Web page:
Mastery versus cohort learning

Subtitle: Tends in Education

1) What is cohort learning? 

It starts in kindergarten where we intake and begin processing kids by their date of manufacture. Although there are attempts to work with students independently, evaluating and giving them personal attention where needed, we continue to promote the expectation that the cohort will stay together and graduate at a fixed date. Although there are notable exceptions (i.e. self-paced, online courses) this model of learning persists throughout most formal education. 

One negative outcome is that students are shuffled up to the next level of learning, despite not having mastered the pervious one. Sal Khan in his TED talk describes his personal experience in grade 12, where kids in his cohort that should have been more than capable of doing advanced math where unable to due to a gap in knowledge. They dropped out convinced that they were missing the “math gene”.

2) How does mastery or competency training work?

Competency-based or mastery education is a “program of study with clearly defined, concrete, measurable objectives of which every student must have demonstrated mastery” before moving on to the next, more advanced level (Bell & Mitchell). Sal Khan compares it to martial arts where students must master a white belt level, regardless of age or time date of admission, before they are given their yellow belt.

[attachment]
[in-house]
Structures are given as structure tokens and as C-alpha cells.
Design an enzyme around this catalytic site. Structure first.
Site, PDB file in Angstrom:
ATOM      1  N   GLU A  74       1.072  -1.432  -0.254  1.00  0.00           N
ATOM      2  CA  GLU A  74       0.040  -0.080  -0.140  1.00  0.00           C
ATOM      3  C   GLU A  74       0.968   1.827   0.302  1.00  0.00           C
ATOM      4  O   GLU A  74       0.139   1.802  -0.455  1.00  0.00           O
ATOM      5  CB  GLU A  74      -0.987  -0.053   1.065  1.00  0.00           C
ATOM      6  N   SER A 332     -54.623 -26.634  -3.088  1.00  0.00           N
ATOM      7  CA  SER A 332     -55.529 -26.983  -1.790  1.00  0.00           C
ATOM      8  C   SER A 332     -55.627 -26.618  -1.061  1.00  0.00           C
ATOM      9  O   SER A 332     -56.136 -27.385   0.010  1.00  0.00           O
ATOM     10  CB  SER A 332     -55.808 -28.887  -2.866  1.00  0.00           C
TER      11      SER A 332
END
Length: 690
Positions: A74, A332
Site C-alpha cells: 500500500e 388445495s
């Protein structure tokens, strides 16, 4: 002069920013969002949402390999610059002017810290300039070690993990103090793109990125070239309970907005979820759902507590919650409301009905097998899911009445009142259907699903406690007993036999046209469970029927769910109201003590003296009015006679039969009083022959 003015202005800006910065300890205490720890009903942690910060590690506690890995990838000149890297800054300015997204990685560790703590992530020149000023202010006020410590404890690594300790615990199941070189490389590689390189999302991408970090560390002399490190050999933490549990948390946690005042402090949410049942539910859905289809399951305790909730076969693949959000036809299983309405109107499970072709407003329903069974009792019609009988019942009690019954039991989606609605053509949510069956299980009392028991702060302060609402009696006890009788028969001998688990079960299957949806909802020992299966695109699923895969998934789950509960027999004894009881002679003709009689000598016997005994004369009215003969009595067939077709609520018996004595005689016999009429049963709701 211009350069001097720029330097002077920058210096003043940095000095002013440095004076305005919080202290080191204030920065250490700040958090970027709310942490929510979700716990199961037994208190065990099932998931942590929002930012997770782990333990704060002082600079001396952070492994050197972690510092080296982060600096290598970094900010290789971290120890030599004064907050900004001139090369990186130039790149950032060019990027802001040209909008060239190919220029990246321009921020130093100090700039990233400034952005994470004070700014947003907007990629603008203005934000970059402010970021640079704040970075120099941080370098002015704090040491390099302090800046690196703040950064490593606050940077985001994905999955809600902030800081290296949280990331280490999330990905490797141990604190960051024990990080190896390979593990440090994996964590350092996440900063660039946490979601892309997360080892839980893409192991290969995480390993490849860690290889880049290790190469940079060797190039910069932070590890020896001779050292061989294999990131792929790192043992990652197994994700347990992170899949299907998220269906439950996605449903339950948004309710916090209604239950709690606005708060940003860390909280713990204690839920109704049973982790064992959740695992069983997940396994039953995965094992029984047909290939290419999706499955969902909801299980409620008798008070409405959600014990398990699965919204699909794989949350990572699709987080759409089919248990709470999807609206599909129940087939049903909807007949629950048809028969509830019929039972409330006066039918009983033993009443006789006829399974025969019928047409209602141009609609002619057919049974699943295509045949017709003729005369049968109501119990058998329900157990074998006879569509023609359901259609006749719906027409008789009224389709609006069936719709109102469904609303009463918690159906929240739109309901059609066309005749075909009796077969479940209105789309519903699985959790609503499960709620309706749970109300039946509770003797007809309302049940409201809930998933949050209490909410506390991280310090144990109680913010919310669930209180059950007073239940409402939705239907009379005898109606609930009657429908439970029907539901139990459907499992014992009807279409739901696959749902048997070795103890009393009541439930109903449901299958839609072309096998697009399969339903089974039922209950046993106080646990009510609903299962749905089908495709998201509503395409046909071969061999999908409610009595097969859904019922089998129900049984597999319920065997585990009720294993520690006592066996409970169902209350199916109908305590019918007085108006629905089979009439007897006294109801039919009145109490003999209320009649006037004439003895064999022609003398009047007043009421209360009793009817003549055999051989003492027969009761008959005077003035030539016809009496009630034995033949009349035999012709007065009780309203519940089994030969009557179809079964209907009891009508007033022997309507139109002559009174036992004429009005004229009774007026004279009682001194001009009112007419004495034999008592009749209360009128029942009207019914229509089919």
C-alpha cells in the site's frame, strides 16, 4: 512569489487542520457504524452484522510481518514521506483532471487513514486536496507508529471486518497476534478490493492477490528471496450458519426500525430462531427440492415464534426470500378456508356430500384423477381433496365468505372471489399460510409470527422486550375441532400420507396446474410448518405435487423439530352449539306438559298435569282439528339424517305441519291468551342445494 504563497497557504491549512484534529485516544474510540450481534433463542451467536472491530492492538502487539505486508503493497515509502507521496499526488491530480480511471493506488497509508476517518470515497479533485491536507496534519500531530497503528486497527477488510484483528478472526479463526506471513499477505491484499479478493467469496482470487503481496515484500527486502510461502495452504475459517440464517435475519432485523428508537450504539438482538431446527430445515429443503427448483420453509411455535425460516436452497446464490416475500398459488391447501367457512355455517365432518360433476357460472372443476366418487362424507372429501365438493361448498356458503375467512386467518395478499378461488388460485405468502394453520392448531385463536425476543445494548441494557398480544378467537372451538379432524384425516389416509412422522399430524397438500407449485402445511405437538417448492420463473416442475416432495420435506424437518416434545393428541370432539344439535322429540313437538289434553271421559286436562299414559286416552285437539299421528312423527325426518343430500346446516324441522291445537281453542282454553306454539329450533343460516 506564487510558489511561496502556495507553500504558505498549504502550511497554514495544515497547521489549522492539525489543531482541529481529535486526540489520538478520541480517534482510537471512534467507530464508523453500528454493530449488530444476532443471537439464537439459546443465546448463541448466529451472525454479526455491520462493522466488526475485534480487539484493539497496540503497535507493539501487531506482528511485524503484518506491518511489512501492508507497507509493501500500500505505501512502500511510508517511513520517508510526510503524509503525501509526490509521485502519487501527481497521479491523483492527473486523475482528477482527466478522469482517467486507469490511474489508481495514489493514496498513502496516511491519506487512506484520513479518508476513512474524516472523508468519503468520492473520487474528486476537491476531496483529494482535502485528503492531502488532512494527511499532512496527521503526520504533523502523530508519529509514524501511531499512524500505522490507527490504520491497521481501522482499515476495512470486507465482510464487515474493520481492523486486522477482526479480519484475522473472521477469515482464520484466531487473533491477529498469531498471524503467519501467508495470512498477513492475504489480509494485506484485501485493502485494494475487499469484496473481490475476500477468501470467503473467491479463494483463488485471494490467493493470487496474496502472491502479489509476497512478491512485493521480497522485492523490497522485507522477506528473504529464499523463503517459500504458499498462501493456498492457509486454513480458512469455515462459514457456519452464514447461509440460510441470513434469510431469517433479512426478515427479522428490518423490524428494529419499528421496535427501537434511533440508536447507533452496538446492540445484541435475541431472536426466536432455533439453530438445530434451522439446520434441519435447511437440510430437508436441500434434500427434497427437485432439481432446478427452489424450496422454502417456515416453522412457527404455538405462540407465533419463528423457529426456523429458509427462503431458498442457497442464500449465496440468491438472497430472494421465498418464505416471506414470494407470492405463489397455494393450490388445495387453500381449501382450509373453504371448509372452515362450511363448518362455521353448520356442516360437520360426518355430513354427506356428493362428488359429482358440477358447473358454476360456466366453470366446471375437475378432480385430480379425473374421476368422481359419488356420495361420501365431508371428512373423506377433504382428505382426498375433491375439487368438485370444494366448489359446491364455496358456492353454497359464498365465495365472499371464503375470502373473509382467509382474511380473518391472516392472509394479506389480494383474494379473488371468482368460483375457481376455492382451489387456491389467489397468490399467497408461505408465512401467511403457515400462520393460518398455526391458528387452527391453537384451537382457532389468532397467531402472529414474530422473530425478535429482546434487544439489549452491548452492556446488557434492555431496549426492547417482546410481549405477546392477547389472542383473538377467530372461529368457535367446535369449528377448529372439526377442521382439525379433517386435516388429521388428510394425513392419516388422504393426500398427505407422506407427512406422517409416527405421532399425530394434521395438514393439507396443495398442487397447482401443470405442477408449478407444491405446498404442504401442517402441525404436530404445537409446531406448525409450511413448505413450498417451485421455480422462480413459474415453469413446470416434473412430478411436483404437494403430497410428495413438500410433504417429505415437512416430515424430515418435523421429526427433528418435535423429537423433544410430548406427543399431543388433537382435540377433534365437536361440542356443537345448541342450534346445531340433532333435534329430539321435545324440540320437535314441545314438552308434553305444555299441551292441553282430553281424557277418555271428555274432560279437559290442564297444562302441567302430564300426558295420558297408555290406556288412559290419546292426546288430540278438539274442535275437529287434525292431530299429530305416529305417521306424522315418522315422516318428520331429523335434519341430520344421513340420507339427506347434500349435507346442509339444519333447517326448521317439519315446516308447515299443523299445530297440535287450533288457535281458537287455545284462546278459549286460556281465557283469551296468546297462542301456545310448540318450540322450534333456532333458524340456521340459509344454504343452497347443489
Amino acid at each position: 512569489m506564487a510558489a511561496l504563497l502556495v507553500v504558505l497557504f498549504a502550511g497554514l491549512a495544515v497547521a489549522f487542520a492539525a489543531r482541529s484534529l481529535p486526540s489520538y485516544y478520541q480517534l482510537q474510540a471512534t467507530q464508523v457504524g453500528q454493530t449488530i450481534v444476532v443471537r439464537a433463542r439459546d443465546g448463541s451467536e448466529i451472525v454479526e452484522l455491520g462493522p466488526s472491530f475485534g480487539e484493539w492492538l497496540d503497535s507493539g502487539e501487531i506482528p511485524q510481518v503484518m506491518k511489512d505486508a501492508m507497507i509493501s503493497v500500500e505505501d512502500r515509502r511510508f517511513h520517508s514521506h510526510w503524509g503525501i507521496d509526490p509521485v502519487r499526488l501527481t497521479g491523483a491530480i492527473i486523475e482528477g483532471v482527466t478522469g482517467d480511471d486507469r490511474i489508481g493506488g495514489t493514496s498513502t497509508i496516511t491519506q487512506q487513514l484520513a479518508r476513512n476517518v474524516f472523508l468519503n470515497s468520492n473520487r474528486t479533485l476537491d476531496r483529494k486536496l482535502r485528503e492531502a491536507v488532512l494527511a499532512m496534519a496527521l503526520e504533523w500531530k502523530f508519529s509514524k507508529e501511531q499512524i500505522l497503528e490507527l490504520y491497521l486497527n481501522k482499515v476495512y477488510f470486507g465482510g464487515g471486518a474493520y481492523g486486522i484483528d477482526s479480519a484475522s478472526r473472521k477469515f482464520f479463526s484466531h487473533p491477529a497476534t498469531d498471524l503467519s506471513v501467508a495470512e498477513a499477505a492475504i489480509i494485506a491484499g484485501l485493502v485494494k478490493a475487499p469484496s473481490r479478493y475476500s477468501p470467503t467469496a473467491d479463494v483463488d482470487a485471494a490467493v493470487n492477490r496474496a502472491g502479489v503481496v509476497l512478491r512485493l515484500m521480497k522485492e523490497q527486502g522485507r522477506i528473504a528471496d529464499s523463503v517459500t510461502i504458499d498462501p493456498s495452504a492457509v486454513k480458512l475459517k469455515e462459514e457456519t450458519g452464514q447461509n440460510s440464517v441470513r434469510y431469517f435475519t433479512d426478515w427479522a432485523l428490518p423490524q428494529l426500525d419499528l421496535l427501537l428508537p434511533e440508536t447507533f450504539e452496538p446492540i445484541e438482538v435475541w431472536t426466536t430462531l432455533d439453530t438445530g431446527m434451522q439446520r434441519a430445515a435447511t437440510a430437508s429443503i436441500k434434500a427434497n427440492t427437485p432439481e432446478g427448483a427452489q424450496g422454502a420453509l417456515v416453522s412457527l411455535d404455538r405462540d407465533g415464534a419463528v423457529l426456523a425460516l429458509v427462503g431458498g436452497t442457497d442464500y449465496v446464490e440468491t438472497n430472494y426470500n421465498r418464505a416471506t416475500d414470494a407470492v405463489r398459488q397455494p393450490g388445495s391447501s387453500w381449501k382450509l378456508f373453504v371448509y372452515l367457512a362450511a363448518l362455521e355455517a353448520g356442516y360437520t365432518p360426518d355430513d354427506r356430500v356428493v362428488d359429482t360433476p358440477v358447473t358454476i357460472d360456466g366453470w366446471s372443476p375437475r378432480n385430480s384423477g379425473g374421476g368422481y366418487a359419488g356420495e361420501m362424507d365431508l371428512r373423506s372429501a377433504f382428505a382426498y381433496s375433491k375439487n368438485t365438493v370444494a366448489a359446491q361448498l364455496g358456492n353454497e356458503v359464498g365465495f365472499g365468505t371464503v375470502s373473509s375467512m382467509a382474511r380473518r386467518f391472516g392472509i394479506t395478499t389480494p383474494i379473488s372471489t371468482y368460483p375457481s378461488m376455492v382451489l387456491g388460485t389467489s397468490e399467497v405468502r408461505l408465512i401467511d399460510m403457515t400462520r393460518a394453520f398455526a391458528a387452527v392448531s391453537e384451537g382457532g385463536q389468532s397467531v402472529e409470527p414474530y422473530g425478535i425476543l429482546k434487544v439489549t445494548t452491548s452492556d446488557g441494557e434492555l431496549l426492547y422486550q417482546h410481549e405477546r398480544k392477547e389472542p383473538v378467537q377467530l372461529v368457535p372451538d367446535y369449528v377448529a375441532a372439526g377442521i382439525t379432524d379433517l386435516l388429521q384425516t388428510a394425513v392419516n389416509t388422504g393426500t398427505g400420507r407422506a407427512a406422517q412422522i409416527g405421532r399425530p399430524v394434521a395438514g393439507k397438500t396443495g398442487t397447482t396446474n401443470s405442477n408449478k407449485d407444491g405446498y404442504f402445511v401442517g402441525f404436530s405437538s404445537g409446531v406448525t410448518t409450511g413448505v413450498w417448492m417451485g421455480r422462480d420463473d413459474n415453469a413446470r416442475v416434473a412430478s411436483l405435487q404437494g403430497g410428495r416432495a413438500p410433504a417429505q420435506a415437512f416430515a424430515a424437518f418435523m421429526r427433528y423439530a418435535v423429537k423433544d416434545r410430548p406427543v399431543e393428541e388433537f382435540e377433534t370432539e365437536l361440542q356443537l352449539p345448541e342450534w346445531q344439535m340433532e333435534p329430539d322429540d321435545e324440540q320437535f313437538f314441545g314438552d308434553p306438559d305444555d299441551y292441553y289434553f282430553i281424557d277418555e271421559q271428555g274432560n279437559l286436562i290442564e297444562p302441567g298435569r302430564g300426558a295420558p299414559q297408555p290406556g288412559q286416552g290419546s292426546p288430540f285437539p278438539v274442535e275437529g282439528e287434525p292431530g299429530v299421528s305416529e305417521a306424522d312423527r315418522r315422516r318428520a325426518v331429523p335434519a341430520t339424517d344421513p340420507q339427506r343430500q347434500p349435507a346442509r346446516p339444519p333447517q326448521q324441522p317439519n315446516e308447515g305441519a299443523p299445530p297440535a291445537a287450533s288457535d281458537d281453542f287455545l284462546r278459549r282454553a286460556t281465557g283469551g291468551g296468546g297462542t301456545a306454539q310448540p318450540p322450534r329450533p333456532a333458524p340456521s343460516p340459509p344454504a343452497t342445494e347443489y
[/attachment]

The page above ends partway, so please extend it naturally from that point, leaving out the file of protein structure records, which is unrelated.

3) Why do this?

Bell & Mitchell note that mastery learning is the way training and education has been practiced for centuries and “it is only the logistical demands of modern educational settings that” force students to move on, with their cohort, to a more advanced skill before mastering the simpler one.  

4) Criticism 

I personally have wondered if some of the challenges faced by the cohort I am teaching is has less to do with competency and more to do with language challenges (for up to fifty percent of them English is a second language). However in a controlled study the “competency-based program participants seemed less adversely affected by [language and literacy difficulties] since they had greater responsibility for their own learning (Bell & Mitchell). The greater responsibility forced them find a way to learn it on their own. 

References

Bell, Sinclair & Mitchell, Robin (2000) Competency-Based Versus Traditional Cohort-Based Technical Education: A Comparison of Students' Perceptions, Journal of Career and Technical Education, from https://ejournals.lib.vt.edu/JCTE/article/view/589/836

Khan, Sal (2016) Let's teach for mastery, TED from https://youtu.be/-MTRxRO5SRA